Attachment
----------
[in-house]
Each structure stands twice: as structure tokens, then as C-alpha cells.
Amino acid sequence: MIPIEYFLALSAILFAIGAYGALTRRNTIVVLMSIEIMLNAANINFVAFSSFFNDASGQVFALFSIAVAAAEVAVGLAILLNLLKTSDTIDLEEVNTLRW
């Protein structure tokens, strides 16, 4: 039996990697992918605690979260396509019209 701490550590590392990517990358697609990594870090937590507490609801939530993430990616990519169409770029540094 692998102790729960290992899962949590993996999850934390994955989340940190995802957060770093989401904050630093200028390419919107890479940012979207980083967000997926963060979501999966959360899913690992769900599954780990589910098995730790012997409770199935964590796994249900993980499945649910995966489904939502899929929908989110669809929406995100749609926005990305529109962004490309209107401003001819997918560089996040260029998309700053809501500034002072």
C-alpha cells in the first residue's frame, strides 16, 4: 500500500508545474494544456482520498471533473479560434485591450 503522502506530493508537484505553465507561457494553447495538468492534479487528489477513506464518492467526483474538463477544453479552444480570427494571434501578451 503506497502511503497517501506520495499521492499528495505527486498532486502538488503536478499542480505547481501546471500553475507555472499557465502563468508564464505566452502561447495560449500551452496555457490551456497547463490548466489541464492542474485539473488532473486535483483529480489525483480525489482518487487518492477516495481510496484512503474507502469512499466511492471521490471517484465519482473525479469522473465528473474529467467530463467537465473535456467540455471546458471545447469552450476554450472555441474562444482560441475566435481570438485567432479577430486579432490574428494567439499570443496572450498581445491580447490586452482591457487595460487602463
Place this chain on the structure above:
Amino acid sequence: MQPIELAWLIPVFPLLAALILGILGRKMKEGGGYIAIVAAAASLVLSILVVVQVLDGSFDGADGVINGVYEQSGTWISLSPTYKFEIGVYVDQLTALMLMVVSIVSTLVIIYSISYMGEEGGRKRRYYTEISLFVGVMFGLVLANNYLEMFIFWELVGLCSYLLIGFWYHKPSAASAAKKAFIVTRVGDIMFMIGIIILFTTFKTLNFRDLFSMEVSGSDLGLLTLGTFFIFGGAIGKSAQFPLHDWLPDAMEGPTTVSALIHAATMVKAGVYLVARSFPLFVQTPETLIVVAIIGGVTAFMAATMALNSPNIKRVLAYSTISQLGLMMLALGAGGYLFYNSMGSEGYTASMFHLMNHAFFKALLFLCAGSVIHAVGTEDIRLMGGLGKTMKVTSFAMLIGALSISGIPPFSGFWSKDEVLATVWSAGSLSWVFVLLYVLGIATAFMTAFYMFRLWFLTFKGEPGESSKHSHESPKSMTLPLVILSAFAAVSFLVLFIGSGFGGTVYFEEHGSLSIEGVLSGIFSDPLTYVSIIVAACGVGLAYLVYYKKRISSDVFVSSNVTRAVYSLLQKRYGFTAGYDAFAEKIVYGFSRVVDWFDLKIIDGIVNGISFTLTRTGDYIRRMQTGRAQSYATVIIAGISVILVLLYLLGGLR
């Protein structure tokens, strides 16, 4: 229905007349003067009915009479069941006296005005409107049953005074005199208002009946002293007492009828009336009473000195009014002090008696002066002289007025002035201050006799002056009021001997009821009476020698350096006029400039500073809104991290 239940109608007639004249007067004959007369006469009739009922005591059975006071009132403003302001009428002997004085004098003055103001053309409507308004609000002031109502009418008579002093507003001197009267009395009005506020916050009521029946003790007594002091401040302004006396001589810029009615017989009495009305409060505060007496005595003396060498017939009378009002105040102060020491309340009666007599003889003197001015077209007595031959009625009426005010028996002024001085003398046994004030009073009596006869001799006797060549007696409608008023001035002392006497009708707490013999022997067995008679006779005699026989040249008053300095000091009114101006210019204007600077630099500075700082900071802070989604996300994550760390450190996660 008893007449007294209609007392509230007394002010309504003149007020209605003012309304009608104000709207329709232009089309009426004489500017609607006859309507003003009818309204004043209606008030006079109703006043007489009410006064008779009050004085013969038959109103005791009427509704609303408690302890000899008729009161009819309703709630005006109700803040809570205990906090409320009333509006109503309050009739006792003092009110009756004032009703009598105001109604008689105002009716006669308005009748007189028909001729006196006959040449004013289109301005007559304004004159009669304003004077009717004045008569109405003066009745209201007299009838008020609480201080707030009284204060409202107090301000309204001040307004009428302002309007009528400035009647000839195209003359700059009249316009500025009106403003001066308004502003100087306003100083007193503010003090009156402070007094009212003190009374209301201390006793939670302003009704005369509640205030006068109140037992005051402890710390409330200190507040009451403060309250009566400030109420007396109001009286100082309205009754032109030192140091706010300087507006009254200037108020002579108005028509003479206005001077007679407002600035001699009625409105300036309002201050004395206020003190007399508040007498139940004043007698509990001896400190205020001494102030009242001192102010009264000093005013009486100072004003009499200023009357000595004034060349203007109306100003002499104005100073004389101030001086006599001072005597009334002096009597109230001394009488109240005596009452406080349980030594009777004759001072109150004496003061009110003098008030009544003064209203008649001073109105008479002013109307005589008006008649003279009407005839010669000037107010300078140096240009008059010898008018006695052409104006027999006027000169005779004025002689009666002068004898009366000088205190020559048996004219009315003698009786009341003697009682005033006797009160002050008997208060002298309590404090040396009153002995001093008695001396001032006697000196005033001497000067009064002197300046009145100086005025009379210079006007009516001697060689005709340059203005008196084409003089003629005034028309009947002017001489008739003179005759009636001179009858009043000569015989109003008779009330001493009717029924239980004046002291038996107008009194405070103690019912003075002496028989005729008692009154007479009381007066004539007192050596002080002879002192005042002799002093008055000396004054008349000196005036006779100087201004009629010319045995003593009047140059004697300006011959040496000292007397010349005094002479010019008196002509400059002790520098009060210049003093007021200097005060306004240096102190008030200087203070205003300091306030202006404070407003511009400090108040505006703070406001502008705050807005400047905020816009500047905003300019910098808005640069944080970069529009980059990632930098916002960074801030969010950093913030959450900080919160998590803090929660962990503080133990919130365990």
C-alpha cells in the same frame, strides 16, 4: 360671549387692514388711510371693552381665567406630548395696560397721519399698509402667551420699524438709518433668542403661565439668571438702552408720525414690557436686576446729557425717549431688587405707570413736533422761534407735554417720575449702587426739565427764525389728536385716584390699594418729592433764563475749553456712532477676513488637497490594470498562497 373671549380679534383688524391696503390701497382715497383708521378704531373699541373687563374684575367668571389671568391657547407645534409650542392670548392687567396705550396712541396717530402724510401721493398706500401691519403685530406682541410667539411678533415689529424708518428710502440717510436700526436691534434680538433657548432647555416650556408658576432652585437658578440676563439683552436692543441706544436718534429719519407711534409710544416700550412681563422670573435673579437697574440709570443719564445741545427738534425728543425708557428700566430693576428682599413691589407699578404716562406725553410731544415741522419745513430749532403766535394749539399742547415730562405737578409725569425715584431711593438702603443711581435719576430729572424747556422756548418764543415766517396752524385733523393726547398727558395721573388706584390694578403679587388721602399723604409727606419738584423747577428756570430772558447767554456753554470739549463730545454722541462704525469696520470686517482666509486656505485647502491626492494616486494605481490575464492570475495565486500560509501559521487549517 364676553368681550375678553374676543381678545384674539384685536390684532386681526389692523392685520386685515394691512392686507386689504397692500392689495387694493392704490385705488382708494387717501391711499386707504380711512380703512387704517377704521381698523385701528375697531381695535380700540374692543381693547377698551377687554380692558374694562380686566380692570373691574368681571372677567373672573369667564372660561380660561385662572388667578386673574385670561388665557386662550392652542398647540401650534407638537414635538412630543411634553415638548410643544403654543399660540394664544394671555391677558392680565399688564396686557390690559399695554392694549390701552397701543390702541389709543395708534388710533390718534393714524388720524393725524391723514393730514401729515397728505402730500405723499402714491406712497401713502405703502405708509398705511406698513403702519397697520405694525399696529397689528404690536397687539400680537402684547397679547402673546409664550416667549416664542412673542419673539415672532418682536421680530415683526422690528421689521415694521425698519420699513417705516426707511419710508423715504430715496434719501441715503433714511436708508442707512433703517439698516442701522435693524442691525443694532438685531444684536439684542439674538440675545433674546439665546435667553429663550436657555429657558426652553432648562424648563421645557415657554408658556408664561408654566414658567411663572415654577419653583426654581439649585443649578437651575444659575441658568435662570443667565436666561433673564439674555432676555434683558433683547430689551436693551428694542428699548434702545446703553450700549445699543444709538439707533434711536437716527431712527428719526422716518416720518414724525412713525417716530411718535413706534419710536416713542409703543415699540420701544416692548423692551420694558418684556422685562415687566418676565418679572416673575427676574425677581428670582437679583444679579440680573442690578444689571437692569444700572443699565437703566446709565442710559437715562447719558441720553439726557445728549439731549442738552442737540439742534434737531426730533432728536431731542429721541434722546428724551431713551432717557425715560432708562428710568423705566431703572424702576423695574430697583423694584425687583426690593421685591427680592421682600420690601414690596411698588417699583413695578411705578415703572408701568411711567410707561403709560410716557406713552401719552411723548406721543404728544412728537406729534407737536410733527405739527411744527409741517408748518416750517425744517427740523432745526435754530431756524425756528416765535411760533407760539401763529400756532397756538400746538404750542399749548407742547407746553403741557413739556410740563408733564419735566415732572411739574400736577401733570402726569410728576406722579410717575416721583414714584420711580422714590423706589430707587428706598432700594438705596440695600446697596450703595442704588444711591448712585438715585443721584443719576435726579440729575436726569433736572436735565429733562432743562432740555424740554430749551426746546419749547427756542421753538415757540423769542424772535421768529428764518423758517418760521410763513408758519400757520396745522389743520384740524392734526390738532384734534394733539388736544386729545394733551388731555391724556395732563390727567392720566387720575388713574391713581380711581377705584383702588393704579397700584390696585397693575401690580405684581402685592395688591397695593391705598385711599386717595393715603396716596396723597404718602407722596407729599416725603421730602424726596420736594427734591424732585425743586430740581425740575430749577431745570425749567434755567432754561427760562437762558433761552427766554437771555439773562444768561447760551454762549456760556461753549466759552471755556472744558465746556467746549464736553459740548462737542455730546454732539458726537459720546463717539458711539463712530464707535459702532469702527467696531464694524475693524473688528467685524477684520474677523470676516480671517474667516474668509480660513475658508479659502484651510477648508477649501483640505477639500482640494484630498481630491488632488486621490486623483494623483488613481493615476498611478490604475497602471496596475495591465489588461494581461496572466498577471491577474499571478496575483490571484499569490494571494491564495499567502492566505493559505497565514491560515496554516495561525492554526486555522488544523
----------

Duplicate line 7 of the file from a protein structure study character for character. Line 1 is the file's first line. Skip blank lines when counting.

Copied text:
Amino acid sequence: MQPIELAWLIPVFPLLAALILGILGRKMKEGGGYIAIVAAAASLVLSILVVVQVLDGSFDGADGVINGVYEQSGTWISLSPTYKFEIGVYVDQLTALMLMVVSIVSTLVIIYSISYMGEEGGRKRRYYTEISLFVGVMFGLVLANNYLEMFIFWELVGLCSYLLIGFWYHKPSAASAAKKAFIVTRVGDIMFMIGIIILFTTFKTLNFRDLFSMEVSGSDLGLLTLGTFFIFGGAIGKSAQFPLHDWLPDAMEGPTTVSALIHAATMVKAGVYLVARSFPLFVQTPETLIVVAIIGGVTAFMAATMALNSPNIKRVLAYSTISQLGLMMLALGAGGYLFYNSMGSEGYTASMFHLMNHAFFKALLFLCAGSVIHAVGTEDIRLMGGLGKTMKVTSFAMLIGALSISGIPPFSGFWSKDEVLATVWSAGSLSWVFVLLYVLGIATAFMTAFYMFRLWFLTFKGEPGESSKHSHESPKSMTLPLVILSAFAAVSFLVLFIGSGFGGTVYFEEHGSLSIEGVLSGIFSDPLTYVSIIVAACGVGLAYLVYYKKRISSDVFVSSNVTRAVYSLLQKRYGFTAGYDAFAEKIVYGFSRVVDWFDLKIIDGIVNGISFTLTRTGDYIRRMQTGRAQSYATVIIAGISVILVLLYLLGGLR